3) Fear of flooding: Many people may remember older front loaders that leaked through their doors. This problem seems to have been eliminated in standard front loaders, with better seals and door locks. Other machines, like the Neptune and HE3t/Duet, resolve the issue by tilting the tub backward, so that the water level never gets above the bottom of the door. These designs also use clever water traps to prevent water that splashes on the door from leaking out. Any washer can flood from a number of causes.

4) Locked door: Many consumers are used to being able to open the door and add more laundry after the cycle has started. Most if not all modern front loaders have door locks to prevent water from splashing or flowing out once the wash cycle has begun. Tilted tub designs like the Neptune may allow one to add more garments by pausing the wash cycle and waiting for the door to unlock.

5) HE Detergent: As previously mentioned, it is generally best to use a low-sudsing or HE detergent in a front loader. This is because the tumbling action of a front loader, coupled with its reduced water level, tends to whip the wash water into a foam more readily than a top loader will. Excess suds will cushion the load and reduce mechanical wash action, and in severe oversudsing, may even cause other problems, such as leaking out of the washer orifices or intefering with spins. Low sudsing or HE detergents have surfactants that do not create as much suds. Consumers may find they can use reduced amount of regular detergents for lightly soiled loads, but for heavily soiled loads these reduced amounts may not include enough of other detergent components, such as "builders", to result in adequate washing. Fortunately a number of good quality HE detergents are generally available throughout the country at supermarkets and other outlets, and there are low sudsing low cost detergents available at many discount and bulk food shops.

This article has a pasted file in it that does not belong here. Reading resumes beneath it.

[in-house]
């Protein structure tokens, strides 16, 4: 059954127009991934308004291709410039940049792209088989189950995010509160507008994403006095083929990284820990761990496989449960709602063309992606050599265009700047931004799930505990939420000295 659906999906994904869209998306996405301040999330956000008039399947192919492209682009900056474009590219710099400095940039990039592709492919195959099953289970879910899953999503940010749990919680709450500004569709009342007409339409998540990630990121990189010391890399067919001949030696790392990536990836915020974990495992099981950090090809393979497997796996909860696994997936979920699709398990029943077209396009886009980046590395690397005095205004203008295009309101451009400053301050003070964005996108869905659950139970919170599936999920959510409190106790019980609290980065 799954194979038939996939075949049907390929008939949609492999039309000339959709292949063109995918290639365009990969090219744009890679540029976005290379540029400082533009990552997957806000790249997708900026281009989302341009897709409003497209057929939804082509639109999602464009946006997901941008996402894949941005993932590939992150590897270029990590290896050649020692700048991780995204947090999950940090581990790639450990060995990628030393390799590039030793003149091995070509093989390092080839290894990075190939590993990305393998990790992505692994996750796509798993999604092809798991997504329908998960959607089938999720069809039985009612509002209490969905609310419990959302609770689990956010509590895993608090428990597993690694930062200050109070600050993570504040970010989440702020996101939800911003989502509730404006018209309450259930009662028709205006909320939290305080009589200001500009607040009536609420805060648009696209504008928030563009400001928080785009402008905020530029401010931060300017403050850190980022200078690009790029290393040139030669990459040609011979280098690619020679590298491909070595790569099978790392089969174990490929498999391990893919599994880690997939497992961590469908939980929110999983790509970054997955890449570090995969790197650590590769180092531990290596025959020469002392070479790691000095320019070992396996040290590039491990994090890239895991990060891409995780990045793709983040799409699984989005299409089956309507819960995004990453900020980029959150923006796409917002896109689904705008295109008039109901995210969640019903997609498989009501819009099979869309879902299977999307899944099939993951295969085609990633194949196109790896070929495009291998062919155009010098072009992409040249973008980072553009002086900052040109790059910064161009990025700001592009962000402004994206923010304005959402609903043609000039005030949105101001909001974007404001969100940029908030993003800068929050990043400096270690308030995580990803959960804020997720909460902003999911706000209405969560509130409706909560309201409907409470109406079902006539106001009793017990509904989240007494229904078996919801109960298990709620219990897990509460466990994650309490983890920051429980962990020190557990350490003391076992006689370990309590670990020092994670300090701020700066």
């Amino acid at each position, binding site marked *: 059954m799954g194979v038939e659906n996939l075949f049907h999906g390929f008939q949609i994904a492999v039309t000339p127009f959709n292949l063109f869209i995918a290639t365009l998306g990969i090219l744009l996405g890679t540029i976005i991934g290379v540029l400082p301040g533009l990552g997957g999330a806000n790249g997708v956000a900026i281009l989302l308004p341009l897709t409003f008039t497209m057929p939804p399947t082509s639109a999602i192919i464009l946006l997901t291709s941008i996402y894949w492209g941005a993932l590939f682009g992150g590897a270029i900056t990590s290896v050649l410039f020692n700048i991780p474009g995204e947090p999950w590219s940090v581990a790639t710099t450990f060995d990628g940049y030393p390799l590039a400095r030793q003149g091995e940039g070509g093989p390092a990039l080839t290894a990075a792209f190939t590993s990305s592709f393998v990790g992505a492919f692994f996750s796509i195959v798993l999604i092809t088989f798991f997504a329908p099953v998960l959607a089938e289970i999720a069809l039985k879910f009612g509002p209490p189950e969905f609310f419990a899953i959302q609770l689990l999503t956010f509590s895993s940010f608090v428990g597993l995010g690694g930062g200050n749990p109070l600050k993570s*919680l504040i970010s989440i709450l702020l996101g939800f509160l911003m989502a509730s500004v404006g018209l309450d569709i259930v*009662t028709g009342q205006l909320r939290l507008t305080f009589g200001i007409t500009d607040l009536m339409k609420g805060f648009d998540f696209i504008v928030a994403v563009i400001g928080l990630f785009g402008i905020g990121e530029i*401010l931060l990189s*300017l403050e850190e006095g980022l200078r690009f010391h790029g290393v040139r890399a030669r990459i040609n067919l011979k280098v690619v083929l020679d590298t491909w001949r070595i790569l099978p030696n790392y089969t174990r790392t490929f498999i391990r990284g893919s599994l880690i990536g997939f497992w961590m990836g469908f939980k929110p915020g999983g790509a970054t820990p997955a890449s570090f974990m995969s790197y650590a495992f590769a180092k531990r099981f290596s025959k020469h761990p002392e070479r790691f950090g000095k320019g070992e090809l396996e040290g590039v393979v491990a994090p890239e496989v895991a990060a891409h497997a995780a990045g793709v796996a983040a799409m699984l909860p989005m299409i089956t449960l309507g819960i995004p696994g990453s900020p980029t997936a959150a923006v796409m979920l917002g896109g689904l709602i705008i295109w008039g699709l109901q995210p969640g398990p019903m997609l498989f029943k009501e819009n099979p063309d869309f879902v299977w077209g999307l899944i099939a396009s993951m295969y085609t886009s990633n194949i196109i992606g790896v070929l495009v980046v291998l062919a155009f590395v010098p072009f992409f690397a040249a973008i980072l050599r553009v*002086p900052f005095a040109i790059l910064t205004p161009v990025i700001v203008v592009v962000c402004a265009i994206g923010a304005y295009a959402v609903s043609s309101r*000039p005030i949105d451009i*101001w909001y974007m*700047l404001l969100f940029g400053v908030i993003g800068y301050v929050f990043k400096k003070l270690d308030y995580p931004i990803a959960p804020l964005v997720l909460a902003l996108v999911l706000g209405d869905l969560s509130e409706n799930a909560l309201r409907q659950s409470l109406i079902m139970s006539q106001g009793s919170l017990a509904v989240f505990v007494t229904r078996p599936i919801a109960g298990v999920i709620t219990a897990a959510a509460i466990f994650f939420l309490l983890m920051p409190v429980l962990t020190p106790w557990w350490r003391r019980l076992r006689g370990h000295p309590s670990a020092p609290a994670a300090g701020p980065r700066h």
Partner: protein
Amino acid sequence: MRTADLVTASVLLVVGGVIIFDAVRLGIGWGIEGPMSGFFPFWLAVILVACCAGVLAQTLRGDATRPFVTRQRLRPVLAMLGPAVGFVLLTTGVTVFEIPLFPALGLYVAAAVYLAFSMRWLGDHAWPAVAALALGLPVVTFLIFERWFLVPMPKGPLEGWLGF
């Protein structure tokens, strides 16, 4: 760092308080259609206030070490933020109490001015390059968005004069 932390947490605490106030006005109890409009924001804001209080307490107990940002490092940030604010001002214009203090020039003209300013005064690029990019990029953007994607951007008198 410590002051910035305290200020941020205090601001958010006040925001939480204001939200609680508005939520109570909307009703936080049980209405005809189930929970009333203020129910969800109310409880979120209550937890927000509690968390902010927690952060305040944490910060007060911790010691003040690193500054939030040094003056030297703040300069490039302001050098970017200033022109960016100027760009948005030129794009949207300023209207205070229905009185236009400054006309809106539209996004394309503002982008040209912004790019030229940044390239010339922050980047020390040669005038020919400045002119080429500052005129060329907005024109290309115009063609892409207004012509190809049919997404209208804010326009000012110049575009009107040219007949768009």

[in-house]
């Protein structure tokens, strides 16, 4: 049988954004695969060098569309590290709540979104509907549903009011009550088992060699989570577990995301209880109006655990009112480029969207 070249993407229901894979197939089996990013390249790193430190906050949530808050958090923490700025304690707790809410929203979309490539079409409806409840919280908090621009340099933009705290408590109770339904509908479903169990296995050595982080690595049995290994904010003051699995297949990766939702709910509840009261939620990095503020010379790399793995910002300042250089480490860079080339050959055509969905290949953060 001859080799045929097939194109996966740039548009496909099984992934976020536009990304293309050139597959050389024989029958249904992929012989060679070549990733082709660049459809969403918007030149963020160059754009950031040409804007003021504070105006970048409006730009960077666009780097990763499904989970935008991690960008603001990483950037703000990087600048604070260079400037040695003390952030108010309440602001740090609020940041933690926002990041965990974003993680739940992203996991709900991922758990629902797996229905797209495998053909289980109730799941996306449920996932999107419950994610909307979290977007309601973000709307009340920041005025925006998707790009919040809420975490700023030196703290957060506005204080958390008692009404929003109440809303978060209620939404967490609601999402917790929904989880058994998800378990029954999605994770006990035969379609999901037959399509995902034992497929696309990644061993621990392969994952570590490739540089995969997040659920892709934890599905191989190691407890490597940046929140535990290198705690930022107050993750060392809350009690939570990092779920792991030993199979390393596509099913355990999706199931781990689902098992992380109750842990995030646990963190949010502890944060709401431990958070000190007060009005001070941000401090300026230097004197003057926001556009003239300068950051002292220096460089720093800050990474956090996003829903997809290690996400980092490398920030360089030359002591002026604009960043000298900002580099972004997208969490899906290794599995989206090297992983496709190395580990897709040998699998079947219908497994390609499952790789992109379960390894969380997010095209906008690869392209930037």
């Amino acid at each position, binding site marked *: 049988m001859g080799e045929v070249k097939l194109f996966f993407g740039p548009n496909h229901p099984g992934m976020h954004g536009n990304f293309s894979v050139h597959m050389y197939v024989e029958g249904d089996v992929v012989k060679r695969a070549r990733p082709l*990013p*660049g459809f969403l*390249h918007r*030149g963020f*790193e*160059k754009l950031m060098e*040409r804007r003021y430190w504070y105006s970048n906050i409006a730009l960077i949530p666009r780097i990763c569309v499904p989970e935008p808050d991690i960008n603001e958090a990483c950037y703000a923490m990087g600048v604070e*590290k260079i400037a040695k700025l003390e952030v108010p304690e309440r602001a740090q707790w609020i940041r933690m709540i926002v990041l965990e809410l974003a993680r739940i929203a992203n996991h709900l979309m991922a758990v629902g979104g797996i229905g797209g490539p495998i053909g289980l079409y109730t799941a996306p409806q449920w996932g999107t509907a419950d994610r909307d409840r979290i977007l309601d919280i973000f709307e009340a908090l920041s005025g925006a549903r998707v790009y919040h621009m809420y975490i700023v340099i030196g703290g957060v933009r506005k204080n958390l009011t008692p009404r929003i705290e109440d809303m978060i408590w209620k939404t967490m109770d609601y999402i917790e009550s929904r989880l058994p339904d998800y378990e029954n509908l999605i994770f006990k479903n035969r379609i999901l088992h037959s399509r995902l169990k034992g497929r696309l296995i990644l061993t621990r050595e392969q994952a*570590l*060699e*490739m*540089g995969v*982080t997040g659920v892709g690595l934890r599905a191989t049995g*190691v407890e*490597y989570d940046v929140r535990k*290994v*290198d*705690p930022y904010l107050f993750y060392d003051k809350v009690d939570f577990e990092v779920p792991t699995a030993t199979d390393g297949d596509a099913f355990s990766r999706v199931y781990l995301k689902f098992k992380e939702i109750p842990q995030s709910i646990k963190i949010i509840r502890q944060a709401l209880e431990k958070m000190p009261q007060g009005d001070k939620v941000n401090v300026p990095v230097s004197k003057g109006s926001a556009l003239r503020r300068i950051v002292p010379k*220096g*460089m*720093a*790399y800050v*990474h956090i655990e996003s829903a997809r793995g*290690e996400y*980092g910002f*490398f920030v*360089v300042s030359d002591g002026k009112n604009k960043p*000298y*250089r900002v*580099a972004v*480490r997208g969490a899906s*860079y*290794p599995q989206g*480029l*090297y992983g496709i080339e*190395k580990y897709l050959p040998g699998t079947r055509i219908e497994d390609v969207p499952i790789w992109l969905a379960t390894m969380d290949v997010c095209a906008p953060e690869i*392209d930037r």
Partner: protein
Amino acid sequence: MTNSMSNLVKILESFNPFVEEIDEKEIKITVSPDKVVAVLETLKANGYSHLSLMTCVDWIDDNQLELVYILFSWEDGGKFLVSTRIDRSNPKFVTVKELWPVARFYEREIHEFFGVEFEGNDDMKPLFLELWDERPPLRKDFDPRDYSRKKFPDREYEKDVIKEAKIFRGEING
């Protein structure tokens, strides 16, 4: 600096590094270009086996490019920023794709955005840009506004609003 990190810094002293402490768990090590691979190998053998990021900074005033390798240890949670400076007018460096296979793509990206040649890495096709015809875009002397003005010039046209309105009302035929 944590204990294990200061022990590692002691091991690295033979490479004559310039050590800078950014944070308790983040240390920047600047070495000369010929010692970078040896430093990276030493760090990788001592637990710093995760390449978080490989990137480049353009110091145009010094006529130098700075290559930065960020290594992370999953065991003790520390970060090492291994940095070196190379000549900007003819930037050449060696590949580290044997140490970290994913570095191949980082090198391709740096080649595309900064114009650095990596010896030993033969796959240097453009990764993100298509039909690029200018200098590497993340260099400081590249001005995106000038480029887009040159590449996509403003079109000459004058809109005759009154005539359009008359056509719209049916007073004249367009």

6) Loading position: Some people feel that their back conditions will not allow them to load/unload a front loader as easily as a top loader. This tends to gloss over the fact that most dryers require bending over to load and unload. In any case, some manufacturers have addressed this concern with riser platforms that raise the door level of the front loader to a more convenient height. Machines like the HE3t and Neptune also feature larger doors and a tilted tub to provide for easier access.

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Conclusion:

A front loading washer is generally more energy and water efficient than a traditional top loader. It can deliver better cleaning results as well, with less wear and tear on fabrics. Although a front loader may cost more than a top loader of the same capacity, it may pay for itself in water and energy savings over time, in addition to rebates from water and power utilities that are often available. Additionally, a large front loader will better be able to wash large, bulky items such as comforters than traditional top loaders of same capacity.

Disclaimer: I cut and pasted the above from the LR Forum FAQ.-Cathy

P.S. Let me add to the advantages stated above that I haven't bought detergent in 18 months as I don't use more that a tablespoon per load and only a teaspoon of fabric softner per load.


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clipped on: 06.15.2006 at 03:04 pm    last updated on: 06.15.2006 at 03:05 pm